Skip 
Navigation Link
Child & Adolescent Development: Overview
Resources
Basic InformationMore InformationLatest News
Having Same-Sex Parents Won't Affect Kids' Gender Identity: StudyKids' Cases of High Blood Pressure May Rise Under New GuidelinesBack-to-School Tips … for ParentsCoping Support Assists Parents of Hospitalized ChildrenYoung Breakfast Skippers Lack Vital NutrientsA Violent Environment Can Wreck Kids' GradesSleep Duration Inversely Linked to Risk Markers of T2DM in KidsDo Pets Really Boost Kids' Health?Rotavirus Vaccine Cuts U.S. Peds Gastroenteritis HospitalizationsRotavirus Vaccine Cut Kids' Hospitalization, Medical CostsBy Age 12, Poor May Show Signs of Heart Risks AheadHealth Tip: Childhood Obesity Can Trigger Adult ProblemsDecline in Kids' Ear Infections Linked to Pneumococcal VaccinePicky Eater? It Might Just Be Your Child's PersonalityPrenatal Exposure to Certain Flame Retardants Linked to Lower IQsHealth Tip: Protect Your Kids From LeadKnow the Signs of ConcussionSurgeons Warn of Trampolines' Down SideVision Problems Can Harm Kids' Development, GradesTime to Catch Up on Reading, Writing … and Routine ShotsU.S. Kids Overdosing on Dietary SupplementsJust a Few Vaccine Refusers Could Endanger ManyDoes Your Child Really Have a Food Allergy?Donor-Sperm Kids No Different From Their Peers: StudyHigh-Dose Vitamin D May Not Curb Kids' ColdsHealth Tip: Check the Water Before SwimmingDespite Warnings, Kids Are Still Dying in Hot CarsLink for Maternal Antidepressant, Kids' Brain Health QuestionedToo Few Children Get EpiPen When Needed: StudyHealth Tip: Take Care of Kids Exercising in Summer HeatHow to Prevent Future Couch PotatoesSugar Intake During Pregnancy Tied to Allergy in OffspringThe Neighborhood Sandbox: A Breeding Ground for GermsRisks Linked to Soft Contacts No Higher for Children Than AdultsSmoking On the Rise in Movies Aimed at Young: StudyBullying Takes Financial Toll on U.S. School DistrictsSwimming Lessons: For Starters, Watch Out for Germs in the WaterHow to Keep Your Kids Out of the ER This SummerIs Your Child's 'Penicillin Allergy' Real?Health Tip: When Adults Offer Kids FoodHealth Tip: Practice Drowning Prevention at HomeCommunity Intervention May Aid Fight Against Childhood ObesityGetting Kids in the Habit of Healthy EatingHealth Tip: Rewarding Kids Without FoodDo Older Dads Produce Brainy Boys?USPSTF Concludes Screening for Obesity Beneficial for ChildrenFirearms Kill or Wound 7,000 U.S. Children AnnuallyGuns Kill or Wound 7,000 U.S. Kids a Year: ReportTime for Some Summer Sun Safety TipsHealth Tip: Applying Sunscreen on Children
Questions and AnswersLinksBook Reviews
Related Topics

ADHD: Attention Deficit Hyperactivity Disorder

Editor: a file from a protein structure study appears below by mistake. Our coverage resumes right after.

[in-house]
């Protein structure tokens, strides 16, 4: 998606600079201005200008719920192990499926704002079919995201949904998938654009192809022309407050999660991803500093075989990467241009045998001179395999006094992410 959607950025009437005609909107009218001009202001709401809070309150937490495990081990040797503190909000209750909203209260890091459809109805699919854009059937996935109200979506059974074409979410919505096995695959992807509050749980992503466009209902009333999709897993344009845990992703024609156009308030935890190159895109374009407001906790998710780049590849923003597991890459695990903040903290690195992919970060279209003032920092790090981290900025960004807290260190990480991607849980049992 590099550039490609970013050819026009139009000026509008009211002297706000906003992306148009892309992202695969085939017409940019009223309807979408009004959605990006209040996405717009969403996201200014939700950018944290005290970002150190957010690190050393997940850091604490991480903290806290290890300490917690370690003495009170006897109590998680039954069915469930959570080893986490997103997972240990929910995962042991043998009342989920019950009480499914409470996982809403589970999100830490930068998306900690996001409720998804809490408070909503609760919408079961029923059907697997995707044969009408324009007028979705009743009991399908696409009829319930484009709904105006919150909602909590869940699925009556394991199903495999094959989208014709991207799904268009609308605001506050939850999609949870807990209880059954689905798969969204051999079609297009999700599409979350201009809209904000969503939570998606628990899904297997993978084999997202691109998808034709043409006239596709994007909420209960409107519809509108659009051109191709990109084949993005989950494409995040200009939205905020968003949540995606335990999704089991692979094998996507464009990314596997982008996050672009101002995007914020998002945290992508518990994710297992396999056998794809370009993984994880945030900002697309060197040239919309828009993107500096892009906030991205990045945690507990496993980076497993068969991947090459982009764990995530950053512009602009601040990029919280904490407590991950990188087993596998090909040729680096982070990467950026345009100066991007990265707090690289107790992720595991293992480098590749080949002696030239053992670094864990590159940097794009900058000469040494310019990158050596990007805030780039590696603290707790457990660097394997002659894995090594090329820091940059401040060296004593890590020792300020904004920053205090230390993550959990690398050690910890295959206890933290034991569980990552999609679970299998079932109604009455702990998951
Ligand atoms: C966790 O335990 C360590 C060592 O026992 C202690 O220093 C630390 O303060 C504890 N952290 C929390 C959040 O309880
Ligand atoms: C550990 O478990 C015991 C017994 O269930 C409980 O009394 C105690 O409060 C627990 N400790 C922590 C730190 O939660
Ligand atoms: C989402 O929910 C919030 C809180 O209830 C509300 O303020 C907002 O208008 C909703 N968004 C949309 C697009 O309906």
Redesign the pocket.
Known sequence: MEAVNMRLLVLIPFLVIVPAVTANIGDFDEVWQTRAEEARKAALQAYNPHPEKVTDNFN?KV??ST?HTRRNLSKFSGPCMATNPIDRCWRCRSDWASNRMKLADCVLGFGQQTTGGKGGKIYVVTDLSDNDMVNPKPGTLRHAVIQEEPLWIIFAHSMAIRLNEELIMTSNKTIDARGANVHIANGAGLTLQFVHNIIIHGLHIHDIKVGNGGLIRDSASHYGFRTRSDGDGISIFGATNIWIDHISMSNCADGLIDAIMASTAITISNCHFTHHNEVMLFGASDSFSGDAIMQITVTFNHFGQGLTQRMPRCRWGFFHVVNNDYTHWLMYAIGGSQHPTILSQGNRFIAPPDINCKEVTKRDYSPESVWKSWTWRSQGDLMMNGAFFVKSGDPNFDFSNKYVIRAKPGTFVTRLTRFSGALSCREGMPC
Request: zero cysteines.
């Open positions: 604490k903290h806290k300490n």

Childhood Mental Disorders and Illnesses
Parenting
Child Development & Parenting: Infants (0-2)
Child Development & Parenting: Early (3-7)

PAS: Hospitalizations Up for Suicidal Thoughts, Actions in Kids


HealthDay News
Updated: May 4th 2017

new article illustration

THURSDAY, May 4, 2017 (HealthDay News) -- The number of children and adolescents hospitalized for thoughts of suicide or self-harm more than doubled during the last 10 years, according to research scheduled to be presented at the annual meeting of the Pediatric Academic Societies, held from May 6 to 9 in San Francisco.

Gregory Plemmons, M.D., an associate professor of pediatrics at Vanderbilt University in Nashville, Tenn., and colleagues analyzed data from 32 children's hospitals across the United States. The team identified 118,363 hospital encounters between 2008 and 2015 where a child was diagnosed with suicidal thoughts or self-harm. Slightly more than half (50.4 percent) of the patients with suicidal thoughts or actions were between the ages of 15 and 17, while 36.9 percent were aged 12 to 14. An additional 12.7 percent of patients were between the ages of 5 and 11.

Significant increases were found in all age groups, but tended to be higher among older children. Teens aged 15 to 17 had the largest increase, followed by 12- to 14-year-olds. The largest increase seemed to be among teenage girls, an observation consistent with other studies, Plemmons told HealthDay.

A second study presented at the meeting found that few teenagers will actually reach for the word "depressed" to describe negative emotions that are weighing them down. Parents, educators, and doctors instead must rely on other clues that indicate depression, study coauthor Daniela DeFrino, Ph.D., R.N., an assistant professor of research in the University of Illinois at Chicago College of Medicine and College of Nursing, told HealthDay. Teens suffering from depression are more likely to say they are "stressed" or "anxious" or "down," DeFrino said. The researchers drew these clues from interviews conducted with 369 teens aged 13 to 19 at risk for depression who participated in a federally-funded clinical trial.

Press Release 1
Press Release 2
More Information